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The Inverted Yield Curve Is Actually a Good Sign for Stocks

This article was originally published on ETFTrends.com.

By Robert Ross via Iris.xyz

August 14 was the worst day of the year for stocks.

The Dow Jones Industrial Average plunged 800 points in a single day.

The stock market plunged because of a serious economic warning sign called a yield curve inversion.

A yield curve inversion is a canary in the coal mine for the economy. It’s happened before every recession in the last 50 years.

However, there’s no reason to panic.

An inverted yield curve does not mean a recession is imminent. In fact, the last five times the yield curve inverted,  stocks actually  rose  for the next 12–18 months .

Why This Inversion Spooked Investors So Much

When investors talk about the yield curve, they’re talking about the difference between long-term Treasury yields and short-term Treasury yields.

Normally, investors demand higher yields for longer-term bonds. So the yield curve normally slopes upward like this:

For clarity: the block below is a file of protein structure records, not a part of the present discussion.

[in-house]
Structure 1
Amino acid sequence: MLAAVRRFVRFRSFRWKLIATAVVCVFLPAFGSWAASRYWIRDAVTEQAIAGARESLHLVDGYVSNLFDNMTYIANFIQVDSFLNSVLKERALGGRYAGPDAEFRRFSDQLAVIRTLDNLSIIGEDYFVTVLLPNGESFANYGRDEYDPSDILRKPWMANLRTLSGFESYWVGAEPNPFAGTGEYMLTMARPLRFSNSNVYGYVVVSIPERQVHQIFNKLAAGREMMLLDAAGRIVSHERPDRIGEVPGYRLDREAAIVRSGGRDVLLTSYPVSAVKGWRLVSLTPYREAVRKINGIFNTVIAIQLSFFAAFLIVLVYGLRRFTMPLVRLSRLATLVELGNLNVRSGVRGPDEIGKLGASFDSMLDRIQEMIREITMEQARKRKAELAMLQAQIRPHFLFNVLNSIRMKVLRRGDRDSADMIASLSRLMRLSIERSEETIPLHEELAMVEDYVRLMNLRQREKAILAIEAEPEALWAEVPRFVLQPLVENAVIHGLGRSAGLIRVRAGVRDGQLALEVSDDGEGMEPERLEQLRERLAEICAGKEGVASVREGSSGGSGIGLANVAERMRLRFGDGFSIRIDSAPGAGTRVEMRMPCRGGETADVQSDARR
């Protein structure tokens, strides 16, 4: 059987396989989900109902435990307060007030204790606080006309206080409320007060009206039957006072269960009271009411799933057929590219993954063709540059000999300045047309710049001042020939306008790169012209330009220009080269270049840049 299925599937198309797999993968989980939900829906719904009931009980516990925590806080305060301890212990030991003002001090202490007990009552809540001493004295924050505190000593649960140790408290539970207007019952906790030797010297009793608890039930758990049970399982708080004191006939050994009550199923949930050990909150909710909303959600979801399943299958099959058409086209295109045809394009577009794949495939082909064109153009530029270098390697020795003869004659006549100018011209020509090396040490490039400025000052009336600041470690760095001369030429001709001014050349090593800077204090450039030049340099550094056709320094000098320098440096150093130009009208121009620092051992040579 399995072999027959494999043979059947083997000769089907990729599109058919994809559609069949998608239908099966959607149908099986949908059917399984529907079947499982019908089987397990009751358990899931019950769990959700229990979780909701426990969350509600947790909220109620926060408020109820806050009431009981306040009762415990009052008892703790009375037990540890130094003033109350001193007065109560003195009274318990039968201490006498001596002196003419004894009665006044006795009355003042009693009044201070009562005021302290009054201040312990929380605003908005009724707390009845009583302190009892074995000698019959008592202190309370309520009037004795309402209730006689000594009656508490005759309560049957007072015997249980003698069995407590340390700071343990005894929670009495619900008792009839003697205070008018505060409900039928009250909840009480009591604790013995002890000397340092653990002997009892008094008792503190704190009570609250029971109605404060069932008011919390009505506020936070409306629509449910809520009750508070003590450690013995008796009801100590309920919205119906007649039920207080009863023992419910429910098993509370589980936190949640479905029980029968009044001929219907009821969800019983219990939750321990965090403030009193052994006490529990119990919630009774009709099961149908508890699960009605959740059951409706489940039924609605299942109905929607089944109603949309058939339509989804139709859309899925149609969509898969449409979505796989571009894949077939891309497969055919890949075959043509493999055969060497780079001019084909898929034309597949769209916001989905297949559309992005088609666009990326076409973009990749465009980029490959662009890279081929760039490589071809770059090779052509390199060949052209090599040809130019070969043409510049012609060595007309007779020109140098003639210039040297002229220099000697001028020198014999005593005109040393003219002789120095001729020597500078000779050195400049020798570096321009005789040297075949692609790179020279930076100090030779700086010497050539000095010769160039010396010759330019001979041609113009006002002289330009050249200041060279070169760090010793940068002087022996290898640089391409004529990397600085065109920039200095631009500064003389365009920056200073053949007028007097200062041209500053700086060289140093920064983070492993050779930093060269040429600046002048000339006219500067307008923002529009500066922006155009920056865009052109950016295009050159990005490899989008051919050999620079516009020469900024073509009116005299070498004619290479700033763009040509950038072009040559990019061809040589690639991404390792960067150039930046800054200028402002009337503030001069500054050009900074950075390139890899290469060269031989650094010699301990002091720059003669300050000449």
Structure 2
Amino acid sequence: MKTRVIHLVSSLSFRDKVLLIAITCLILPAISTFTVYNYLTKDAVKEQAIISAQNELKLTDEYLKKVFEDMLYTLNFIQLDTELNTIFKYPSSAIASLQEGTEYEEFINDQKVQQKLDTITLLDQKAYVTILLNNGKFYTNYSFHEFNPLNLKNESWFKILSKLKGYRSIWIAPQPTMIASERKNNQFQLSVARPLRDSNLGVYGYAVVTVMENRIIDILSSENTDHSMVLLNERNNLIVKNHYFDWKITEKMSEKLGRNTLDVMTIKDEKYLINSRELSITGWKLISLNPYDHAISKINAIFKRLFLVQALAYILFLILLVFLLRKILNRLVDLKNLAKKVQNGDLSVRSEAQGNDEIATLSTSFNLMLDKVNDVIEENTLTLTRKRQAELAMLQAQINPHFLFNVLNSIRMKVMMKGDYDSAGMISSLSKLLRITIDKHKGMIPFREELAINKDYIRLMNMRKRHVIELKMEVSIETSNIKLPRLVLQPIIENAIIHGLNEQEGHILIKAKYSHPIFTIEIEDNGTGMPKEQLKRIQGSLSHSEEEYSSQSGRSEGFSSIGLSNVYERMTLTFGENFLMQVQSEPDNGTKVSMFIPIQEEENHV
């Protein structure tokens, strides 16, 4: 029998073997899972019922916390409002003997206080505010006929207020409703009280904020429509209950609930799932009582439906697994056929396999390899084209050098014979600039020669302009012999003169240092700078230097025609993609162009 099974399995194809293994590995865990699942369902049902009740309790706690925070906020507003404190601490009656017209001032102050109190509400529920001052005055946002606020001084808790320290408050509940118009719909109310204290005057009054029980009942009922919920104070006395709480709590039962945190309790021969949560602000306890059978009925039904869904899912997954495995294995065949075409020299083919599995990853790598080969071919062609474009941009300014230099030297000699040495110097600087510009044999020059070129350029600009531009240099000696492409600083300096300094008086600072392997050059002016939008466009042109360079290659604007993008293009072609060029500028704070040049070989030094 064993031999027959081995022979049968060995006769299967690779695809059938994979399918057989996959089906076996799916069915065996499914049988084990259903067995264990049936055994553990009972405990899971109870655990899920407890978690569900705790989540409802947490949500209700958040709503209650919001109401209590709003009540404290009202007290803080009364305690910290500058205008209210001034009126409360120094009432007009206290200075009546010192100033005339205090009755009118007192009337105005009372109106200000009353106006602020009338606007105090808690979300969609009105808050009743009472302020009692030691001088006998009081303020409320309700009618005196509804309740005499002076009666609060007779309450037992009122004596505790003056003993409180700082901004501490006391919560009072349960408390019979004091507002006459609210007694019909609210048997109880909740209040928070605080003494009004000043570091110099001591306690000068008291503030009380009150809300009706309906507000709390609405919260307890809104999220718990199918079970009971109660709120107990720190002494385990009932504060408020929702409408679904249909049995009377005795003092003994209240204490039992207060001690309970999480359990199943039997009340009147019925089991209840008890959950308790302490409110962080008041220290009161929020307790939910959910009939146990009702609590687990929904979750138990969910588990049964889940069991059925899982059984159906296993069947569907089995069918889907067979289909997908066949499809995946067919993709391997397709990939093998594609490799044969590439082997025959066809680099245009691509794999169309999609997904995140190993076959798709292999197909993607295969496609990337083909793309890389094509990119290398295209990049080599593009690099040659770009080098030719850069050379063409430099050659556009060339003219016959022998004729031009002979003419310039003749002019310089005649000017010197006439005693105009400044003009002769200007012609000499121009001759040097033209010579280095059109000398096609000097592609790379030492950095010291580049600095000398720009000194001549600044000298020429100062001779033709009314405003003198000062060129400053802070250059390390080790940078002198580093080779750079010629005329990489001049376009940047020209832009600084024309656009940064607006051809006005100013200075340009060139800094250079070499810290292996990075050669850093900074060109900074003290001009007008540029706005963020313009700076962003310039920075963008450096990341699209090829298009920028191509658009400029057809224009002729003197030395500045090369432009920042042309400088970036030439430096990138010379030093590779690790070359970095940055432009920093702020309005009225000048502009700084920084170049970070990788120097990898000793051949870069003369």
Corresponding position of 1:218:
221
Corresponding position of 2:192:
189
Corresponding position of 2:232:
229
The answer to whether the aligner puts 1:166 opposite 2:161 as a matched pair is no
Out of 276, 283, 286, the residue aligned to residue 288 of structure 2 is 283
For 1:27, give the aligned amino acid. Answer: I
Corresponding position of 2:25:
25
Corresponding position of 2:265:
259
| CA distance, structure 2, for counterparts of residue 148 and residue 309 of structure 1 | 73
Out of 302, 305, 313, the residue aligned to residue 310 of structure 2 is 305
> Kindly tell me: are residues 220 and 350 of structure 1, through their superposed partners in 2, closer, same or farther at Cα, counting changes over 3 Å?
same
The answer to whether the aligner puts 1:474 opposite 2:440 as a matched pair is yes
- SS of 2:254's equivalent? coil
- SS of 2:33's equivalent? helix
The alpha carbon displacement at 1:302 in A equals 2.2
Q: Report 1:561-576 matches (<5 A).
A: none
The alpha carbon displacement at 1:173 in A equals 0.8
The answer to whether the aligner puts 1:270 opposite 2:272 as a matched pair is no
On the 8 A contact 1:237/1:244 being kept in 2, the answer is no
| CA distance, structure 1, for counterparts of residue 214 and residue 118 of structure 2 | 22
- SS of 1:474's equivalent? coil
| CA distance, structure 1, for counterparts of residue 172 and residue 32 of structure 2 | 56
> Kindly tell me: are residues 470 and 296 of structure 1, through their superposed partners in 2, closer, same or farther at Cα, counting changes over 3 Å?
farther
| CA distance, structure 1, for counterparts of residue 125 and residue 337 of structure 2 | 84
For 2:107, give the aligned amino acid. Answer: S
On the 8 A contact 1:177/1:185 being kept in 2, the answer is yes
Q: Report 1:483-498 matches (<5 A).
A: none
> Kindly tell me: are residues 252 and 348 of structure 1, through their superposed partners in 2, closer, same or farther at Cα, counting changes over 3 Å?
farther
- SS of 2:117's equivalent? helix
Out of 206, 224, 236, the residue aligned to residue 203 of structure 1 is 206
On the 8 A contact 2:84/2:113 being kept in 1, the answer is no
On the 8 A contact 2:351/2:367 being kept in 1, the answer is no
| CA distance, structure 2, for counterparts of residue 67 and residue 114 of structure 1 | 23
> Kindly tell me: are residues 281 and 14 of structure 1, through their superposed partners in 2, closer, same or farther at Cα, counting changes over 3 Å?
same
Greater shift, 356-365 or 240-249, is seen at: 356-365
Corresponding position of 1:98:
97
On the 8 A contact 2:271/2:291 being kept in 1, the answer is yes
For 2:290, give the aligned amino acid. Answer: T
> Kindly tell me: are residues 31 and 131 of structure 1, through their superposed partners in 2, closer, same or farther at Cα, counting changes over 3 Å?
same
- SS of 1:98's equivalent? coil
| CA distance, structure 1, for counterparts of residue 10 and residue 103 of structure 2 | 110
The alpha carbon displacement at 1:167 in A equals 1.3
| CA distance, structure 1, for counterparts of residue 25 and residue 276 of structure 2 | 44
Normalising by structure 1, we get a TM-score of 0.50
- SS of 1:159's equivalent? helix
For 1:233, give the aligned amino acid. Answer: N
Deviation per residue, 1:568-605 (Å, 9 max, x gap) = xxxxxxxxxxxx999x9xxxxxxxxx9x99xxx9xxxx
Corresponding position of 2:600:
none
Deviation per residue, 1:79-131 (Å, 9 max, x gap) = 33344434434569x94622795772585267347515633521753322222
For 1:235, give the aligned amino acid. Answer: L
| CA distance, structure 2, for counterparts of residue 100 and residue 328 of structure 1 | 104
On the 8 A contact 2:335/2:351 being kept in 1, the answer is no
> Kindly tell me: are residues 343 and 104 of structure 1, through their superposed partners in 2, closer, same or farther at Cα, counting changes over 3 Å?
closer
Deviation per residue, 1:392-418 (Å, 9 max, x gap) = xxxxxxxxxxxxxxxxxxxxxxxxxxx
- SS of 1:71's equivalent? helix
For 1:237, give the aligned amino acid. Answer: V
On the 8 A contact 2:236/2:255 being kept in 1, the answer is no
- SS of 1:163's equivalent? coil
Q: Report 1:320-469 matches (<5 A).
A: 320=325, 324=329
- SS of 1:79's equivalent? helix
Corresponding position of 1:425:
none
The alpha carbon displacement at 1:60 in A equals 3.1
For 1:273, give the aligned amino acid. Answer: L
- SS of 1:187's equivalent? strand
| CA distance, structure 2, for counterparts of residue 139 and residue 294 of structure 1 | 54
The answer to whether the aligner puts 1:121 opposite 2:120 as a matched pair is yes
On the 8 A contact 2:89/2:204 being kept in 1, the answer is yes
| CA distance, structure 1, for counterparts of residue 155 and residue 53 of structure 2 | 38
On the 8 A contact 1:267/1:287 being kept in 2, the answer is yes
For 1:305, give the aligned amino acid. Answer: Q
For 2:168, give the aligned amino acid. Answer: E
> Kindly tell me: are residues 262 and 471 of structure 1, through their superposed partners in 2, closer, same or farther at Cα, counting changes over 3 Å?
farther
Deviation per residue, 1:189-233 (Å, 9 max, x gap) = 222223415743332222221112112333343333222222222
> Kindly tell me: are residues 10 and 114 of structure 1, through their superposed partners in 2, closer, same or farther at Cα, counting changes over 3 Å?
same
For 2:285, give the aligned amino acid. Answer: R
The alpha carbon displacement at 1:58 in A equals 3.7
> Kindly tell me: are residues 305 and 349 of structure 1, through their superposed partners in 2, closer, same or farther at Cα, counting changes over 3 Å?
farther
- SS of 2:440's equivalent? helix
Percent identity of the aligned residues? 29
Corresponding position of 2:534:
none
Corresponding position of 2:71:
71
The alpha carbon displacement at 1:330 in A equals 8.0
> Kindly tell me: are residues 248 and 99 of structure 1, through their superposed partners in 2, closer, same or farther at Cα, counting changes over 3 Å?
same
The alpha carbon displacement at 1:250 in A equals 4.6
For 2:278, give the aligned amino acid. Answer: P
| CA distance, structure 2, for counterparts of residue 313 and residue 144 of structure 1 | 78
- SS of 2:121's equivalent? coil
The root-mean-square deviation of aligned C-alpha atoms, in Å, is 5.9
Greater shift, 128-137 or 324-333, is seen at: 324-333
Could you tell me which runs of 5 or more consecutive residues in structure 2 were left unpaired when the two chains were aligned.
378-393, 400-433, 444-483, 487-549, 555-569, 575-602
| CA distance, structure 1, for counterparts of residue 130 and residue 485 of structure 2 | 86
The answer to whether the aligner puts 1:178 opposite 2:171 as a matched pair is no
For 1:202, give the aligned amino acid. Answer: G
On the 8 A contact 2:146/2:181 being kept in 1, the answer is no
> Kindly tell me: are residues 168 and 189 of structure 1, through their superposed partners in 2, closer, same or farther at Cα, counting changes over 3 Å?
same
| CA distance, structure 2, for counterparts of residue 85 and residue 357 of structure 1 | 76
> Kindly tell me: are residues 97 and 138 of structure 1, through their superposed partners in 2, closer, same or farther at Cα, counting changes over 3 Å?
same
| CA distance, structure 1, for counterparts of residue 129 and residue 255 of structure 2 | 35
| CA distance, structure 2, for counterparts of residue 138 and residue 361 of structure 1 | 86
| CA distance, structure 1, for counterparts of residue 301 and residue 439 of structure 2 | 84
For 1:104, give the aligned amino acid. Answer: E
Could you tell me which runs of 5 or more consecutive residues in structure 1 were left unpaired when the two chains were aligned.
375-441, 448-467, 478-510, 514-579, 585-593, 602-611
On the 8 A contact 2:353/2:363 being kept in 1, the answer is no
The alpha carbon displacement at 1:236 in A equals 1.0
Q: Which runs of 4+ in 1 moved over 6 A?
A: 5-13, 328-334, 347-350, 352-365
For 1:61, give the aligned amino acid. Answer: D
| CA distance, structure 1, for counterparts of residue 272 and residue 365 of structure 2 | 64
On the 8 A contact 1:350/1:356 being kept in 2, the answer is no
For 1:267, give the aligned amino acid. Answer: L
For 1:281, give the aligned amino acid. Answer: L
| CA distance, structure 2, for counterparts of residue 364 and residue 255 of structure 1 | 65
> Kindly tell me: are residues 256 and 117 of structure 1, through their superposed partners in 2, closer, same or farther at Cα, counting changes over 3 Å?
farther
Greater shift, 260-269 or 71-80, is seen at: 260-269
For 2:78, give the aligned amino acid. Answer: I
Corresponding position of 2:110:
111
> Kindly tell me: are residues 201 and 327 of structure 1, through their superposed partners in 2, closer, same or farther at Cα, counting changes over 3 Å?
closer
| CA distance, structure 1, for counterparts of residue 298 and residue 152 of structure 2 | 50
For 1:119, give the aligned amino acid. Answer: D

But sometimes, things aren’t so normal.

When one of the long-term Treasuries yields less than one of the short-term Treasuries, it’s called a yield curve inversion.

For example, that might mean the yield on 10-year Treasuries is less than the yield on 3-month Treasuries like it was back in March.

Or it might mean the yield on 10-year Treasuries is less than the yield on 2-year Treasuries.

That’s what happened on August 14: The 10-year yield was 1.59%, and the 2-year yield was 1.60%. So, the difference was 0.01%. (Whenever this number is negative, you’ve got a yield curve inversion.)

The last time this part of the yield curve inverted was in December 2005—two years before the financial crisis.

So it’s pretty rare. That’s why the August 14 inversion spooked investors so much and US stocks suffered their worst day of the year.

Read the full article at Iris.xyz.

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